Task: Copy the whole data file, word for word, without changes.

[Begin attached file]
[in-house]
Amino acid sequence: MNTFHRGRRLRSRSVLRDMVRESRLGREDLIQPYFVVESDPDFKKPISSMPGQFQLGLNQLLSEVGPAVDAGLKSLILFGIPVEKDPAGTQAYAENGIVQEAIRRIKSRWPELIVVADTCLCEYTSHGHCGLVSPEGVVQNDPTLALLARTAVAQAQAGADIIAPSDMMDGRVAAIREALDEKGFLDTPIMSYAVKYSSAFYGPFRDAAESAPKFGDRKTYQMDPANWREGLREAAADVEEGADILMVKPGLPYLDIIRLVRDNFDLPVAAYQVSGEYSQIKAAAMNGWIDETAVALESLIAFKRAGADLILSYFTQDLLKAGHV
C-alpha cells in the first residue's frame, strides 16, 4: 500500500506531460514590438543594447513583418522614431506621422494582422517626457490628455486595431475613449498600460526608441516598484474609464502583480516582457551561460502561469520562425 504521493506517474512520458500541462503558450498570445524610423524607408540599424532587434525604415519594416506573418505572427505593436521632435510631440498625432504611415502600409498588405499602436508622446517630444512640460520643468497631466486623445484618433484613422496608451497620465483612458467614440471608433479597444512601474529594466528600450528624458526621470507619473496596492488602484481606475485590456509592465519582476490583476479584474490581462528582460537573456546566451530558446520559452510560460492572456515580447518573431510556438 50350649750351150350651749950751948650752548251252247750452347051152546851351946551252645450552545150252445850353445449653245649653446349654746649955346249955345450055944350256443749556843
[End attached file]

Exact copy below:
[in-house]
Amino acid sequence: MNTFHRGRRLRSRSVLRDMVRESRLGREDLIQPYFVVESDPDFKKPISSMPGQFQLGLNQLLSEVGPAVDAGLKSLILFGIPVEKDPAGTQAYAENGIVQEAIRRIKSRWPELIVVADTCLCEYTSHGHCGLVSPEGVVQNDPTLALLARTAVAQAQAGADIIAPSDMMDGRVAAIREALDEKGFLDTPIMSYAVKYSSAFYGPFRDAAESAPKFGDRKTYQMDPANWREGLREAAADVEEGADILMVKPGLPYLDIIRLVRDNFDLPVAAYQVSGEYSQIKAAAMNGWIDETAVALESLIAFKRAGADLILSYFTQDLLKAGHV
C-alpha cells in the first residue's frame, strides 16, 4: 500500500506531460514590438543594447513583418522614431506621422494582422517626457490628455486595431475613449498600460526608441516598484474609464502583480516582457551561460502561469520562425 504521493506517474512520458500541462503558450498570445524610423524607408540599424532587434525604415519594416506573418505572427505593436521632435510631440498625432504611415502600409498588405499602436508622446517630444512640460520643468497631466486623445484618433484613422496608451497620465483612458467614440471608433479597444512601474529594466528600450528624458526621470507619473496596492488602484481606475485590456509592465519582476490583476479584474490581462528582460537573456546566451530558446520559452510560460492572456515580447518573431510556438 50350649750351150350651749950751948650752548251252247750452347051152546851351946551252645450552545150252445850353445449653245649653446349654746649955346249955345450055944350256443749556843